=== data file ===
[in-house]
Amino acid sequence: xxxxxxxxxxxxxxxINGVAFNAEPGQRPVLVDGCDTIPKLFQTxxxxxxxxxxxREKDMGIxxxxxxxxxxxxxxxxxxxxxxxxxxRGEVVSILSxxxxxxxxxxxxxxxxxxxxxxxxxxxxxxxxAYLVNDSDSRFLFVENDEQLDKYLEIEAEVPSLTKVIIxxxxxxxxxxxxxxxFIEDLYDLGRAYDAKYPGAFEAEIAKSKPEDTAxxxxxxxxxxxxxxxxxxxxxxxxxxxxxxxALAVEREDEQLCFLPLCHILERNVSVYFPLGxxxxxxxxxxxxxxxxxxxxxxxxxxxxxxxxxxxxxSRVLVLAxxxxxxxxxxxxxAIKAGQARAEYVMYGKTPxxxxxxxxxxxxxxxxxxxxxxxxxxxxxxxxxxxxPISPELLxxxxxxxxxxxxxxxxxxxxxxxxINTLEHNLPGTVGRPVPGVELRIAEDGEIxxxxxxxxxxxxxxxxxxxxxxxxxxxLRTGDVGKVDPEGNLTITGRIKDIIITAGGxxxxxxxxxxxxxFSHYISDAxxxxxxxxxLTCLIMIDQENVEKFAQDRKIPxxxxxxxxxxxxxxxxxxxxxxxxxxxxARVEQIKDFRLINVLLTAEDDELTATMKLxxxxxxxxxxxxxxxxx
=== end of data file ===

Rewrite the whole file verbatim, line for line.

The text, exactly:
[in-house]
Amino acid sequence: xxxxxxxxxxxxxxxINGVAFNAEPGQRPVLVDGCDTIPKLFQTxxxxxxxxxxxREKDMGIxxxxxxxxxxxxxxxxxxxxxxxxxxRGEVVSILSxxxxxxxxxxxxxxxxxxxxxxxxxxxxxxxxAYLVNDSDSRFLFVENDEQLDKYLEIEAEVPSLTKVIIxxxxxxxxxxxxxxxFIEDLYDLGRAYDAKYPGAFEAEIAKSKPEDTAxxxxxxxxxxxxxxxxxxxxxxxxxxxxxxxALAVEREDEQLCFLPLCHILERNVSVYFPLGxxxxxxxxxxxxxxxxxxxxxxxxxxxxxxxxxxxxxSRVLVLAxxxxxxxxxxxxxAIKAGQARAEYVMYGKTPxxxxxxxxxxxxxxxxxxxxxxxxxxxxxxxxxxxxPISPELLxxxxxxxxxxxxxxxxxxxxxxxxINTLEHNLPGTVGRPVPGVELRIAEDGEIxxxxxxxxxxxxxxxxxxxxxxxxxxxLRTGDVGKVDPEGNLTITGRIKDIIITAGGxxxxxxxxxxxxxFSHYISDAxxxxxxxxxLTCLIMIDQENVEKFAQDRKIPxxxxxxxxxxxxxxxxxxxxxxxxxxxxARVEQIKDFRLINVLLTAEDDELTATMKLxxxxxxxxxxxxxxxxx